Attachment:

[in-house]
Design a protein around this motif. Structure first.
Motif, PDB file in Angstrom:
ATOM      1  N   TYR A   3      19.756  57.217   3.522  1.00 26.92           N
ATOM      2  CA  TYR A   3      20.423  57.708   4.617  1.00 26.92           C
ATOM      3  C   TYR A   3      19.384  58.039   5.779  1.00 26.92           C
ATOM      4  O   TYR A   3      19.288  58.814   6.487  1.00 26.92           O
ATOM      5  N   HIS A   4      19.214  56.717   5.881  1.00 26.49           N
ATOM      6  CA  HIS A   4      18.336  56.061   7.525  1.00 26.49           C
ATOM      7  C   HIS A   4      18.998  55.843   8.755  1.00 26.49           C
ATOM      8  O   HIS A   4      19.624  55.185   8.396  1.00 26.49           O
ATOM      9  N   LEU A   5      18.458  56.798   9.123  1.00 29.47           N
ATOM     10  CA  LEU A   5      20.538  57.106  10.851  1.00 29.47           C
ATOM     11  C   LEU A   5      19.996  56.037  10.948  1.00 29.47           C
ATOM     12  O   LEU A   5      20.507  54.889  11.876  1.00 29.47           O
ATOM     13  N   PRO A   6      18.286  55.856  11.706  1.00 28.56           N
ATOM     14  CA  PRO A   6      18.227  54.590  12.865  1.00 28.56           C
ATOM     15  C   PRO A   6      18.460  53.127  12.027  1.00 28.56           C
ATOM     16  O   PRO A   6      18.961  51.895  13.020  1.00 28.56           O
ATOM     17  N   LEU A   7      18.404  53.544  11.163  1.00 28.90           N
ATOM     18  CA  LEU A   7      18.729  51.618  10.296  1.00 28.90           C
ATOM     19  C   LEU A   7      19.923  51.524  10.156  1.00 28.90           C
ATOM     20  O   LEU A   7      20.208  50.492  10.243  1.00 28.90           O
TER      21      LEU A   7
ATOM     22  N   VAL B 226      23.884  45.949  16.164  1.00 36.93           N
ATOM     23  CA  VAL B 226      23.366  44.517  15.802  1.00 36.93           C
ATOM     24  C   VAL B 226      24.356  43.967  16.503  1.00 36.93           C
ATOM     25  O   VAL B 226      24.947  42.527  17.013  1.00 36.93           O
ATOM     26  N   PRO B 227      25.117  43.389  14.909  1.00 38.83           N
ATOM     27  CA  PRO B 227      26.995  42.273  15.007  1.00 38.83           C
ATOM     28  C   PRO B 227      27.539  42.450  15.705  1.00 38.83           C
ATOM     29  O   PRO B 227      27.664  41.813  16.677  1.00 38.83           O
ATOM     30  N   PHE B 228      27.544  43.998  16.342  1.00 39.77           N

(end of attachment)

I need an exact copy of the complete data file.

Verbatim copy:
[in-house]
Design a protein around this motif. Structure first.
Motif, PDB file in Angstrom:
ATOM      1  N   TYR A   3      19.756  57.217   3.522  1.00 26.92           N
ATOM      2  CA  TYR A   3      20.423  57.708   4.617  1.00 26.92           C
ATOM      3  C   TYR A   3      19.384  58.039   5.779  1.00 26.92           C
ATOM      4  O   TYR A   3      19.288  58.814   6.487  1.00 26.92           O
ATOM      5  N   HIS A   4      19.214  56.717   5.881  1.00 26.49           N
ATOM      6  CA  HIS A   4      18.336  56.061   7.525  1.00 26.49           C
ATOM      7  C   HIS A   4      18.998  55.843   8.755  1.00 26.49           C
ATOM      8  O   HIS A   4      19.624  55.185   8.396  1.00 26.49           O
ATOM      9  N   LEU A   5      18.458  56.798   9.123  1.00 29.47           N
ATOM     10  CA  LEU A   5      20.538  57.106  10.851  1.00 29.47           C
ATOM     11  C   LEU A   5      19.996  56.037  10.948  1.00 29.47           C
ATOM     12  O   LEU A   5      20.507  54.889  11.876  1.00 29.47           O
ATOM     13  N   PRO A   6      18.286  55.856  11.706  1.00 28.56           N
ATOM     14  CA  PRO A   6      18.227  54.590  12.865  1.00 28.56           C
ATOM     15  C   PRO A   6      18.460  53.127  12.027  1.00 28.56           C
ATOM     16  O   PRO A   6      18.961  51.895  13.020  1.00 28.56           O
ATOM     17  N   LEU A   7      18.404  53.544  11.163  1.00 28.90           N
ATOM     18  CA  LEU A   7      18.729  51.618  10.296  1.00 28.90           C
ATOM     19  C   LEU A   7      19.923  51.524  10.156  1.00 28.90           C
ATOM     20  O   LEU A   7      20.208  50.492  10.243  1.00 28.90           O
TER      21      LEU A   7
ATOM     22  N   VAL B 226      23.884  45.949  16.164  1.00 36.93           N
ATOM     23  CA  VAL B 226      23.366  44.517  15.802  1.00 36.93           C
ATOM     24  C   VAL B 226      24.356  43.967  16.503  1.00 36.93           C
ATOM     25  O   VAL B 226      24.947  42.527  17.013  1.00 36.93           O
ATOM     26  N   PRO B 227      25.117  43.389  14.909  1.00 38.83           N
ATOM     27  CA  PRO B 227      26.995  42.273  15.007  1.00 38.83           C
ATOM     28  C   PRO B 227      27.539  42.450  15.705  1.00 38.83           C
ATOM     29  O   PRO B 227      27.664  41.813  16.677  1.00 38.83           O
ATOM     30  N   PHE B 228      27.544  43.998  16.342  1.00 39.77           N